The first day proper of the Conference begins and, like every Edinburgh festival I have ever been to, I wake up hungover, paranoid and convinced I’ve lost my mobile phone.
First night of conference and I made it to two receptions, one talk and end up getting very drunk discussing Labours chances in the next election with a middle aged counsellor from Milton Keynes. As a single girl I had hoped this conference to maybe bag myself a Jack Kennedy, or even a Bobby .To be honest ,by the end of the week I’d probably settle for a Teddy; as long as he doesn’t drive me home. To this end I’m considering lying and telling people I was a writer on “The Thick of It”.
I see Ed Milliband for the first time at the women’s reception earlier. The wine is good but the canapés are scanty. I had heard about the event from a female delegate from Croydon, who I chatted to earlier while she rested her feet and I charged my mobile. She had just been at a talk about the Bombardier workers that had moved her to tears. She seemed surprised by how it had affected and was a mixture of confused passion and weary despair.
At the Reception Harriet Harman takes to the stage to massive cheers, talks angrily about the regressive policies the coalition are pushing through and is then followed onstage by the man himself. He is looking very svelte, almost impish, in an expensive looking skinny fit suit. He talks about his desire for completely equal representation on women in the shadow cabinet and seems genuinely passionate about the subject. He doesn’t exude gravitas be is very confident and upbeat.
Soon after he finishes, whispers circulate that David Milliband’s talk is about to begin and I leave with some delegates from Manchester to try to sneak in. It feels like trying to get into a nightclub and people are slowly counted in. Andrew Marr is in the audience and I’m beginning to feel like we should be on nodding terms by now. The talk is about local Labour groups and the importance of community development. Its’ a side of politics I have never been interested in. I always saw the community workers, the youth groups, as the poor relation of Parliamentary politics, the woolly cardigan to their designer suit but the panel seem genuinely enthused about the subject. An audience member announces that her work in the community led to her being shortlisted as a parliamentary candidate in the next General Election. I’m surprised by how impressed people are by being chosen to be shortlisted. I always assumed that anybody could really stand if they wanted but it is treated as a real honour to be selected, an achievement in itself. David delivers a speech at the end, he is a natural on stage with broad open body langue and a warm delivery. The crowd adore him, clap at the mention of his name and reward him with a standing ovation at the end. There is genuine affection almost concern that he knows how much they like him. He is like a Queen mother to the party, or Queen brother. He mentions his younger sibling in a natural throw way manner and it feels like a friend casually mentioning a ex partner who we know treated them badly. Good for you David, we think, we are so bloody proud of you. He even poses for pictures with everybody at the end.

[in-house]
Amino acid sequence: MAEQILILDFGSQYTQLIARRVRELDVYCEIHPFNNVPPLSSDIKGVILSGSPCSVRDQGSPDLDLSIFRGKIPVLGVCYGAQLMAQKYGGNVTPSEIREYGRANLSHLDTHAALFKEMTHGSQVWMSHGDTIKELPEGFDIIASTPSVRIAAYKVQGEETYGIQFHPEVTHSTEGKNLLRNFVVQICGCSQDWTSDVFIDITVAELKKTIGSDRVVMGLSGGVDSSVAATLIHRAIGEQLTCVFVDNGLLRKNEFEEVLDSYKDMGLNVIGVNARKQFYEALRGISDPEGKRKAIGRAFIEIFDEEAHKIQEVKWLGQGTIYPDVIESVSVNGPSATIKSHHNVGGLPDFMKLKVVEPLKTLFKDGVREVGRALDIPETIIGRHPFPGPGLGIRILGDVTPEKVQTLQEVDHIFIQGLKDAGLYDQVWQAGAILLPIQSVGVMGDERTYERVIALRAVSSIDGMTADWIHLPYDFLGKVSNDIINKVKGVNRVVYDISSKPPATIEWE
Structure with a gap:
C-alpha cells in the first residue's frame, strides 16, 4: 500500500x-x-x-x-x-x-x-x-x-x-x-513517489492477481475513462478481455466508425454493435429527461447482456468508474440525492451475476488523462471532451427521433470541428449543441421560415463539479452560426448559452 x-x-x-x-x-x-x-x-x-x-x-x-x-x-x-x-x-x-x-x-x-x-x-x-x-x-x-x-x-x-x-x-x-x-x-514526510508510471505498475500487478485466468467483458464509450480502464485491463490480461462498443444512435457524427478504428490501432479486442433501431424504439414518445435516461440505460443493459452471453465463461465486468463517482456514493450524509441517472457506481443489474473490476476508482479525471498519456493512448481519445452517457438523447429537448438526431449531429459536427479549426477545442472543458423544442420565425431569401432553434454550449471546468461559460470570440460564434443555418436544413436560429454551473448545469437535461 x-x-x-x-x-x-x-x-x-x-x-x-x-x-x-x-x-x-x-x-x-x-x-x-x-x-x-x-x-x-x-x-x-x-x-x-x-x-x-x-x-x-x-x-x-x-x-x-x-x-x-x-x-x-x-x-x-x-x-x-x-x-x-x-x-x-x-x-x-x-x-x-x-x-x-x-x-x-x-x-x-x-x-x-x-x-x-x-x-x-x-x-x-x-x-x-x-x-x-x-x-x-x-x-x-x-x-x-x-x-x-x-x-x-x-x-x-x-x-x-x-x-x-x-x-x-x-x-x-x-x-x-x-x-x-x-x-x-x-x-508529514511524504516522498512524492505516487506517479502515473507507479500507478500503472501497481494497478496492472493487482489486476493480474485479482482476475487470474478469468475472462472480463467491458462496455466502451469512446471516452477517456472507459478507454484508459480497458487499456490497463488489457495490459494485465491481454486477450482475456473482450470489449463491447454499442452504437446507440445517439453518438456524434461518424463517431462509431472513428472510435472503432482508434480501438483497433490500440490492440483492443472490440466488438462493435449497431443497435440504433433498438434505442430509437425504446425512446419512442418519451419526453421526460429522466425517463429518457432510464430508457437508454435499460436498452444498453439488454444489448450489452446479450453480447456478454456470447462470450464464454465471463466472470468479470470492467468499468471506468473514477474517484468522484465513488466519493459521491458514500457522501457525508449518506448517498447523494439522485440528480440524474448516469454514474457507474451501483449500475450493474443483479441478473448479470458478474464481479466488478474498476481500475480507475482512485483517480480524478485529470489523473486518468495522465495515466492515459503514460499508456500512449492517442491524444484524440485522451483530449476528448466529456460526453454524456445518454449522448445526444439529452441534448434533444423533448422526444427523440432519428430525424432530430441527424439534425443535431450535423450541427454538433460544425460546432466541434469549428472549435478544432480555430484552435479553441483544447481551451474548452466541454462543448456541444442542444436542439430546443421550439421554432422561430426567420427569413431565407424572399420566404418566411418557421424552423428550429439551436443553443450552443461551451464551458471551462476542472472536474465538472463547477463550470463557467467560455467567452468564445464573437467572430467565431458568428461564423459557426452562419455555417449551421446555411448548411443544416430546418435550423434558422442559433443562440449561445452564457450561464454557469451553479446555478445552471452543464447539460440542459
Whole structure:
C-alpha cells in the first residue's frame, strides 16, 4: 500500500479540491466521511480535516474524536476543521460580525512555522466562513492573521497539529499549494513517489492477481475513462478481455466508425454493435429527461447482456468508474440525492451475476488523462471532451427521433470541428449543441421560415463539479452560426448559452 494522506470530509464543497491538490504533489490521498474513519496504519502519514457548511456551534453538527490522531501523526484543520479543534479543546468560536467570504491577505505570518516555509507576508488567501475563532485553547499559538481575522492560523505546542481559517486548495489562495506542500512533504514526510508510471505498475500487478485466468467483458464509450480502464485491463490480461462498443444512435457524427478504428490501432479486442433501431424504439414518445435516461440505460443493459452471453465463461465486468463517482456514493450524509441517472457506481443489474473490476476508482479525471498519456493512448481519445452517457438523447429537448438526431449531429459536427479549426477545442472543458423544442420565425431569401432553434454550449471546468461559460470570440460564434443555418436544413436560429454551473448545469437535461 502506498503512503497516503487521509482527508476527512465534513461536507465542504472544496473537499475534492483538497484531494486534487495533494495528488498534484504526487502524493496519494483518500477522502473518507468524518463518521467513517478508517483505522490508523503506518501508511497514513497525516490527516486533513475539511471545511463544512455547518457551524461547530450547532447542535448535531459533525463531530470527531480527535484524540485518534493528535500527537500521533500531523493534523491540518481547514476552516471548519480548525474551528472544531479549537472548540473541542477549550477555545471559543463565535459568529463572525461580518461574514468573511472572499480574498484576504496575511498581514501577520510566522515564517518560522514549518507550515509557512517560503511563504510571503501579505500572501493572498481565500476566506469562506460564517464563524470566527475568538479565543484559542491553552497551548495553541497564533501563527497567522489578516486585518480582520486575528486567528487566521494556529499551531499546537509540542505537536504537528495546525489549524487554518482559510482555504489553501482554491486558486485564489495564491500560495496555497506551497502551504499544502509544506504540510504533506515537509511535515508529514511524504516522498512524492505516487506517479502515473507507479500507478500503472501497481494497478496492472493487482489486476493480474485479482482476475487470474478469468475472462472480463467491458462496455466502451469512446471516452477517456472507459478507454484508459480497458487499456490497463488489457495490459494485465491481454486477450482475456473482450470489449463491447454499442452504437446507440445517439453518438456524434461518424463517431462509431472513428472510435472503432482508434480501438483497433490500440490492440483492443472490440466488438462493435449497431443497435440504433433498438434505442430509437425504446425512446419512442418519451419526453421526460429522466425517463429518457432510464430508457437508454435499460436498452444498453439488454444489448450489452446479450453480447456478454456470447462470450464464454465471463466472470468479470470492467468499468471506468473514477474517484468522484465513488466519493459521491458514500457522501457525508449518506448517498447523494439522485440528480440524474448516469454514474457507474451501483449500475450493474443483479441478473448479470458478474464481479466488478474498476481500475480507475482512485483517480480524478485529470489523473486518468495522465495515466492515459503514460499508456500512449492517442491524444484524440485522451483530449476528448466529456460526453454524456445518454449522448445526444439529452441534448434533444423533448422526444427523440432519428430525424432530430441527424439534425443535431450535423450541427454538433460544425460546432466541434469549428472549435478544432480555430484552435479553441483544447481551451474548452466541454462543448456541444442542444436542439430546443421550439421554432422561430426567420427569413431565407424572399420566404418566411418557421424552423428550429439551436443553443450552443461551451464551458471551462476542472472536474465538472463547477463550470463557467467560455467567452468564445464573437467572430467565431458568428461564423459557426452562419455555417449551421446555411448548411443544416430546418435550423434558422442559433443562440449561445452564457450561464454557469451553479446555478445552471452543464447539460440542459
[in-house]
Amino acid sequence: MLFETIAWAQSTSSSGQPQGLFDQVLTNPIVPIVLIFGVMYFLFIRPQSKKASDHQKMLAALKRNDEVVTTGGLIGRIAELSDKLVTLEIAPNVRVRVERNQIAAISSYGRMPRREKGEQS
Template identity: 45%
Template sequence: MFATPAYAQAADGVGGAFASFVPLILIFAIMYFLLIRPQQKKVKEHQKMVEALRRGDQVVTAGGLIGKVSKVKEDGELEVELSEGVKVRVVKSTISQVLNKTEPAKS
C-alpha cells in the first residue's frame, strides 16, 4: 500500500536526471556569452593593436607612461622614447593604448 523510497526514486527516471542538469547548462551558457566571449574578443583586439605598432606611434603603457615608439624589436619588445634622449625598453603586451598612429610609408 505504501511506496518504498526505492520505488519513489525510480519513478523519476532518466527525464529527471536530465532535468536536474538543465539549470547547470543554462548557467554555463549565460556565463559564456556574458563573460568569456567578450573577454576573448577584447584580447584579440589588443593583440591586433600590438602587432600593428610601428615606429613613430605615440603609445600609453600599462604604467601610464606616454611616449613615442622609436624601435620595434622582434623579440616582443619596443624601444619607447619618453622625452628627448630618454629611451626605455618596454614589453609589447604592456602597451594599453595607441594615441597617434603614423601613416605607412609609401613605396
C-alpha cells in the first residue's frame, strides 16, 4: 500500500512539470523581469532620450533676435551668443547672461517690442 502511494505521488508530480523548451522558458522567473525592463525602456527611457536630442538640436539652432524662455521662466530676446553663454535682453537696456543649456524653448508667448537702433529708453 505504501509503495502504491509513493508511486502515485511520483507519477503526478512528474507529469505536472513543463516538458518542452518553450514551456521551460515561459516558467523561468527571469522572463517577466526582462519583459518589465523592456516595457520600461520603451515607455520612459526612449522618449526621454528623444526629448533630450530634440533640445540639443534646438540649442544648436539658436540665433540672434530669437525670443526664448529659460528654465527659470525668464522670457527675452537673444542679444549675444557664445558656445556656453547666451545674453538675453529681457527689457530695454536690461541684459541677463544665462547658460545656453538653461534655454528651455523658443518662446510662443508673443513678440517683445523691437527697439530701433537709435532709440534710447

After that,it’s back to the same room the Women’s Reception was in but it has now been transformed into a Welsh Reception, where there are better canapés, and more wine and folk band onstage. It all feels like the end of a wedding reception, when suddenly, like a groom appearing to thank the guest, Ed’s back. He gives a short speech, different to the one he gave earlier. He hints at what he will say in Tuesday’s big speech- Outlining the difference between Conservatives “Big Society” – something he views as essentially selfish and individualistic and Labour’s instinctive belief in working together for the good of all Then he is gone, wishing us a great conference, like a rockstar thanking us for being an awesome crowd.
This morning I drag myself into conference centre determined to cover Ed Balls big speech. I assume that, as in Edinburgh the big event will be on in the evening, so at 3pm I have lots of time. Already my body clock has slipped into weird festival jet lag, where mid day feels like early morning. Ed’s speech has in fact happened at nine and I have very missed it. Then I realise, I have been mixing up Andrew Neill with Andrew Marr. I also remember I am giving a speech at a Labour Event tonight and have prepared nothing for it, having decided I’ll just wing it or banter myself through it. Hung-over, I feel decidedly less confident about my ability to do this. As I’m beginning to question just how good of an idea this conference adventure really is, I find my mobile phone, and once I get some free coffee, am confident it will all be manageable again.